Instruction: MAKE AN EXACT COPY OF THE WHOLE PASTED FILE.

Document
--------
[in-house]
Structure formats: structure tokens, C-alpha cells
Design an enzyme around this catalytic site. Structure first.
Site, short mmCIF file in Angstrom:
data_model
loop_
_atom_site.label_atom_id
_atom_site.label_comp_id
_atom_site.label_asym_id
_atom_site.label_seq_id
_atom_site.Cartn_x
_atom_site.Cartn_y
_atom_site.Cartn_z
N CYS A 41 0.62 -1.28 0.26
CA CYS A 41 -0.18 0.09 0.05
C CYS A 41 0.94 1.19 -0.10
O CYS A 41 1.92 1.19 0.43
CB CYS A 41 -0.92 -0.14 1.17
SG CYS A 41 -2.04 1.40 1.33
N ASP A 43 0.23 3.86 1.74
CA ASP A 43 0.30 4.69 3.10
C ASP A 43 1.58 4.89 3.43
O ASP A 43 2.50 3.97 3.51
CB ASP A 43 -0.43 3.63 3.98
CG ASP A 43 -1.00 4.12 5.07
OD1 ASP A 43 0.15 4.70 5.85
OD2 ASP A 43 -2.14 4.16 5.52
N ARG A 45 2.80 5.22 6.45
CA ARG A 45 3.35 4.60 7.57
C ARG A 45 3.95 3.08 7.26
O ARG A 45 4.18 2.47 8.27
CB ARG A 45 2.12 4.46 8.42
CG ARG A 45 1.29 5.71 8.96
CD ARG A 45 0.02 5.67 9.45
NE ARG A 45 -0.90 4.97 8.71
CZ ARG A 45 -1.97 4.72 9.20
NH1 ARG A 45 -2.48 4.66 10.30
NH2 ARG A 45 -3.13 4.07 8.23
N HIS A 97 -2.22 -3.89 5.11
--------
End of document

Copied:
[in-house]
Structure formats: structure tokens, C-alpha cells
Design an enzyme around this catalytic site. Structure first.
Site, short mmCIF file in Angstrom:
data_model
loop_
_atom_site.label_atom_id
_atom_site.label_comp_id
_atom_site.label_asym_id
_atom_site.label_seq_id
_atom_site.Cartn_x
_atom_site.Cartn_y
_atom_site.Cartn_z
N CYS A 41 0.62 -1.28 0.26
CA CYS A 41 -0.18 0.09 0.05
C CYS A 41 0.94 1.19 -0.10
O CYS A 41 1.92 1.19 0.43
CB CYS A 41 -0.92 -0.14 1.17
SG CYS A 41 -2.04 1.40 1.33
N ASP A 43 0.23 3.86 1.74
CA ASP A 43 0.30 4.69 3.10
C ASP A 43 1.58 4.89 3.43
O ASP A 43 2.50 3.97 3.51
CB ASP A 43 -0.43 3.63 3.98
CG ASP A 43 -1.00 4.12 5.07
OD1 ASP A 43 0.15 4.70 5.85
OD2 ASP A 43 -2.14 4.16 5.52
N ARG A 45 2.80 5.22 6.45
CA ARG A 45 3.35 4.60 7.57
C ARG A 45 3.95 3.08 7.26
O ARG A 45 4.18 2.47 8.27
CB ARG A 45 2.12 4.46 8.42
CG ARG A 45 1.29 5.71 8.96
CD ARG A 45 0.02 5.67 9.45
NE ARG A 45 -0.90 4.97 8.71
CZ ARG A 45 -1.97 4.72 9.20
NH1 ARG A 45 -2.48 4.66 10.30
NH2 ARG A 45 -3.13 4.07 8.23
N HIS A 97 -2.22 -3.89 5.11